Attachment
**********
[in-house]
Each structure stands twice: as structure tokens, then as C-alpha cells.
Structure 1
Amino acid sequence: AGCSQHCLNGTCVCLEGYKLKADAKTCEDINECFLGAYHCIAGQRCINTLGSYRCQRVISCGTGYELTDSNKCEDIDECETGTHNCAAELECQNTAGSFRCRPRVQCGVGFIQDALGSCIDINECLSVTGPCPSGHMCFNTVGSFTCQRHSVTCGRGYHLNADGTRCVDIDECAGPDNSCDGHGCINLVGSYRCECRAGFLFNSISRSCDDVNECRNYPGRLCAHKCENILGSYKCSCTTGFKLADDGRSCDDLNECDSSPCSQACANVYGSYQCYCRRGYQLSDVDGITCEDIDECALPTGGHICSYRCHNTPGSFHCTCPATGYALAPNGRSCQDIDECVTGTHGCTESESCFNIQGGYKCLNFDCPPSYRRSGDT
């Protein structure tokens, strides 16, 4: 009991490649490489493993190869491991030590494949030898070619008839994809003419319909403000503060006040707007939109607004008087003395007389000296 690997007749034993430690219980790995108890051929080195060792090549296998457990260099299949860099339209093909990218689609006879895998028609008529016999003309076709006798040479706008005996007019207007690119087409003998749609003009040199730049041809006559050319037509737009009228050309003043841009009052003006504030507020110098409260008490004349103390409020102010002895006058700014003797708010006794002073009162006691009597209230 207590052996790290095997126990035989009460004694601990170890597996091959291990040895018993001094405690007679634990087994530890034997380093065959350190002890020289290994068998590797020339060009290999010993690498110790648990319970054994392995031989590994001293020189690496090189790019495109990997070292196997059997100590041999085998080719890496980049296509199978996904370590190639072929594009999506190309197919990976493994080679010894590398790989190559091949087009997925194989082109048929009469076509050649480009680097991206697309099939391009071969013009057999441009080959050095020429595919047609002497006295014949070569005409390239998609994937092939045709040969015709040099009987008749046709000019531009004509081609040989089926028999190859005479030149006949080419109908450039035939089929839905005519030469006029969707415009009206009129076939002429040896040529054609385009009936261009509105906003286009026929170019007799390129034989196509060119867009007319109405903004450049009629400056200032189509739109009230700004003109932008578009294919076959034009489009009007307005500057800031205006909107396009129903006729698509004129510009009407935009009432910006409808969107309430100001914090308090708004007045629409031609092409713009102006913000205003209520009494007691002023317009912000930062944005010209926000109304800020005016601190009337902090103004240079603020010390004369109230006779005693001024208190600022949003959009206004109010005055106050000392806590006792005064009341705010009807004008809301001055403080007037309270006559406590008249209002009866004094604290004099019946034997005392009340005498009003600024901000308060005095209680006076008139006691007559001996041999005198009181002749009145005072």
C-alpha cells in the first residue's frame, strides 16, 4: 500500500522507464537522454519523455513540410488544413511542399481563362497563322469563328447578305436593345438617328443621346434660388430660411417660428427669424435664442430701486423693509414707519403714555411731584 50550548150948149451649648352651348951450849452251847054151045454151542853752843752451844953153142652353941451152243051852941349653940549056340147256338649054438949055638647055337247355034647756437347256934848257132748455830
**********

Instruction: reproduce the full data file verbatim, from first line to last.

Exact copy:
[in-house]
Each structure stands twice: as structure tokens, then as C-alpha cells.
Structure 1
Amino acid sequence: AGCSQHCLNGTCVCLEGYKLKADAKTCEDINECFLGAYHCIAGQRCINTLGSYRCQRVISCGTGYELTDSNKCEDIDECETGTHNCAAELECQNTAGSFRCRPRVQCGVGFIQDALGSCIDINECLSVTGPCPSGHMCFNTVGSFTCQRHSVTCGRGYHLNADGTRCVDIDECAGPDNSCDGHGCINLVGSYRCECRAGFLFNSISRSCDDVNECRNYPGRLCAHKCENILGSYKCSCTTGFKLADDGRSCDDLNECDSSPCSQACANVYGSYQCYCRRGYQLSDVDGITCEDIDECALPTGGHICSYRCHNTPGSFHCTCPATGYALAPNGRSCQDIDECVTGTHGCTESESCFNIQGGYKCLNFDCPPSYRRSGDT
């Protein structure tokens, strides 16, 4: 009991490649490489493993190869491991030590494949030898070619008839994809003419319909403000503060006040707007939109607004008087003395007389000296 690997007749034993430690219980790995108890051929080195060792090549296998457990260099299949860099339209093909990218689609006879895998028609008529016999003309076709006798040479706008005996007019207007690119087409003998749609003009040199730049041809006559050319037509737009009228050309003043841009009052003006504030507020110098409260008490004349103390409020102010002895006058700014003797708010006794002073009162006691009597209230 207590052996790290095997126990035989009460004694601990170890597996091959291990040895018993001094405690007679634990087994530890034997380093065959350190002890020289290994068998590797020339060009290999010993690498110790648990319970054994392995031989590994001293020189690496090189790019495109990997070292196997059997100590041999085998080719890496980049296509199978996904370590190639072929594009999506190309197919990976493994080679010894590398790989190559091949087009997925194989082109048929009469076509050649480009680097991206697309099939391009071969013009057999441009080959050095020429595919047609002497006295014949070569005409390239998609994937092939045709040969015709040099009987008749046709000019531009004509081609040989089926028999190859005479030149006949080419109908450039035939089929839905005519030469006029969707415009009206009129076939002429040896040529054609385009009936261009509105906003286009026929170019007799390129034989196509060119867009007319109405903004450049009629400056200032189509739109009230700004003109932008578009294919076959034009489009009007307005500057800031205006909107396009129903006729698509004129510009009407935009009432910006409808969107309430100001914090308090708004007045629409031609092409713009102006913000205003209520009494007691002023317009912000930062944005010209926000109304800020005016601190009337902090103004240079603020010390004369109230006779005693001024208190600022949003959009206004109010005055106050000392806590006792005064009341705010009807004008809301001055403080007037309270006559406590008249209002009866004094604290004099019946034997005392009340005498009003600024901000308060005095209680006076008139006691007559001996041999005198009181002749009145005072």
C-alpha cells in the first residue's frame, strides 16, 4: 500500500522507464537522454519523455513540410488544413511542399481563362497563322469563328447578305436593345438617328443621346434660388430660411417660428427669424435664442430701486423693509414707519403714555411731584 50550548150948149451649648352651348951450849452251847054151045454151542853752843752451844953153142652353941451152243051852941349653940549056340147256338649054438949055638647055337247355034647756437347256934848257132748455830